Music soothes the little savages running wild through a school for troubled boys in "The Chorus" ("Les Choristes"), the handsome and popular French film that picked up an Academy Award nomination for Best Foreign Language Film this week.
The movie is ultimately effective on its own unambitious terms, but it's not the freshest thing to come down the pike. Think "Dangerous Minds" with singing; think "Mr. Holland's Opus" without the Richard Dreyfuss angst. Think "Going My Way" with Bing Crosby coaxing street toughs into some sweet harmonizing. You've seen this picture before.
Marie Bunel plays a single mother and Gerard Jugnot a shy, put-upon teacher in "The Chorus." Jean-Baptiste Maunier, below, plays a sulking teenager who discovers his true voice.
(Photos Via Miramax Films)
Apparently they have versions of this hackneyed story in France, too. "Les Choristes" is based on a 1945 French film called "The Cage of Nightingales," so it's almost impossible for writer-director Christophe Barratier to score any points for originality. Not that he tries awfully hard: The formula of the humane teacher painstakingly getting through to hardened kids is clung to like a security blanket.
To give Barratier his due, "The Chorus" hits its marks very well. It opens with a shot of Manhattan, where world-class French conductor Pierre Morhange (played by Jacques Perrin) is about to be whisked back to France to bury his mother. At home, Morhange gets a surprise visit from a very old friend named Pepinot (Didier Flamand). Pepinot wants to show him the diary kept by Clement Mathieu, the supervisor who changed both their lives one pivotal year at the boys' school ominously known as "Rock Bottom."
From there the movie flashes back to 1949 and relives the events in Mathieu's journal, starting with his first glimpse of little Pepinot waiting forlornly at the iron gate for parents who will never come. The school, which has the crumbling stone walls and peeling paint of a neglected prison -- the movie was shot in an old French castle -- is a battle zone. No sooner does the mild-mannered Mathieu arrive than one of the staff members is badly gashed by a booby trap set by one of the kids.
"Action-reaction," barks Rachin, the school's borderline sadistic headmaster. Then it's out to the wasteland of a schoolyard for the "reaction": Rachin intends to smoke the malefactor out or make everyone suffer.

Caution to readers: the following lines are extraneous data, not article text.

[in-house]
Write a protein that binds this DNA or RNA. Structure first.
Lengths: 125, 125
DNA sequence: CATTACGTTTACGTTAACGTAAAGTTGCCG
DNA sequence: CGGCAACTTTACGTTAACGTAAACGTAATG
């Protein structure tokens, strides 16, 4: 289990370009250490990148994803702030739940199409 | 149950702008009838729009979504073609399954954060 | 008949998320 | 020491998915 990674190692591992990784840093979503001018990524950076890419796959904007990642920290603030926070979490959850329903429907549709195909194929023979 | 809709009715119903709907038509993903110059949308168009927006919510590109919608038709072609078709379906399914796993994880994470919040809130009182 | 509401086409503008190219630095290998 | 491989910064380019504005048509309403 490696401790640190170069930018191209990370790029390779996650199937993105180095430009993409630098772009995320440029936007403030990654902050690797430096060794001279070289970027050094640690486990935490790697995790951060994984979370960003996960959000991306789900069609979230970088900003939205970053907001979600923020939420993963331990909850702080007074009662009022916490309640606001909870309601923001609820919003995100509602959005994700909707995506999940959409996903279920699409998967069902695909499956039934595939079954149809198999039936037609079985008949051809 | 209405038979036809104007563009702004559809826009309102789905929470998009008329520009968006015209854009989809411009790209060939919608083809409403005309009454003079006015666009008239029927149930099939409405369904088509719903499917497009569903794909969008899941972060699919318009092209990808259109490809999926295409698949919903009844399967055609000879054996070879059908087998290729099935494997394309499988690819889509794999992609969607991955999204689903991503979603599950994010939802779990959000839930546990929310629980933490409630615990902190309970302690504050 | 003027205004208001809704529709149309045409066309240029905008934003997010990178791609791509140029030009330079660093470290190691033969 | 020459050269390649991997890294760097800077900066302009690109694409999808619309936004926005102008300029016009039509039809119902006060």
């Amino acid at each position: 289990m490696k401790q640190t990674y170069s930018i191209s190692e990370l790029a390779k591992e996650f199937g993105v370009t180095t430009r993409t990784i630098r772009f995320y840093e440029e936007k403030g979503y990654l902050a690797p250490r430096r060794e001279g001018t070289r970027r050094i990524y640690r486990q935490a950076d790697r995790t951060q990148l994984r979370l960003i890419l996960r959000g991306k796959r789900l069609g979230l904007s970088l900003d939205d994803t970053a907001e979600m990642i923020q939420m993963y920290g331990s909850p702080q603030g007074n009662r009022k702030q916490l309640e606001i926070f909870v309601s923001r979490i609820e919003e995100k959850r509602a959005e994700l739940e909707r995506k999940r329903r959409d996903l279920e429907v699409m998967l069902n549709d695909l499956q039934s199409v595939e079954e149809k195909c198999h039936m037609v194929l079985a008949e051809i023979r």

Could the movie's dramatic conflict be more stark? Shall we handle kids with an iron fist, or might we try a little tenderness? Naturally, you root for the gentle Mathieu, a small, bald, unremarkable man played with shy appeal by Gerard Jugnot. Mathieu's quiet "Yes" is not good enough for Rachin, whose withering imperiousness compels Mathieu to correct himself with a meek "Yes, sir."
Mathieu is not a natural fighter, and his arrival in this dead-end job suggests a fair amount of losing in his life. Turns out he's a closet composer, though he's sworn off music for reasons we never get to know. Time and again, though, you see fear flicker across Jugnot's humble face before he steels his nerve and takes a chance, whether he's suggesting alternative disciplinary action to Rachin (an oily, weasely figure as played by Francois Berleand), trying to control his unruly class, or presenting himself hopefully to young Pierre's lovely single mother (Marie Bunel).
The chorus is Mathieu's big gambit, and it's almost certainly on the wings of the ethereal score that the movie has become such a hit. The lyrics to the songs Mathieu (actually, Barratier) writes for the boys are distressingly blunt, featuring lines about "the depths of despair" and "the surging wave of hope." But the melodies, largely composed by Bruno Coulais, often have a swelling, melancholy quality with a boy soprano solo line -- sung by Jean-Baptiste Maunier as the teenage Pierre, a sulking miscreant finding himself at last -- soaring high above.
If the music doesn't get you -- all those wide-eyed boys at last aligned and singing in well-executed harmony, lingered over by Barratier in shot after shot -- then the ending will. Barratier's unexpected climactic uplift comes around not just once, but twice, resulting in a finish so sweet (if heavily sentimental) that "The Chorus" might have gone down as an endearing fable, if only the route to its finale had been less cliched.
The Chorus (96 minutes, in French with subtitles, at Landmark Bethesda Row) is rated PG-13 for serial impudence, mild violence, references to sex and underage profanity.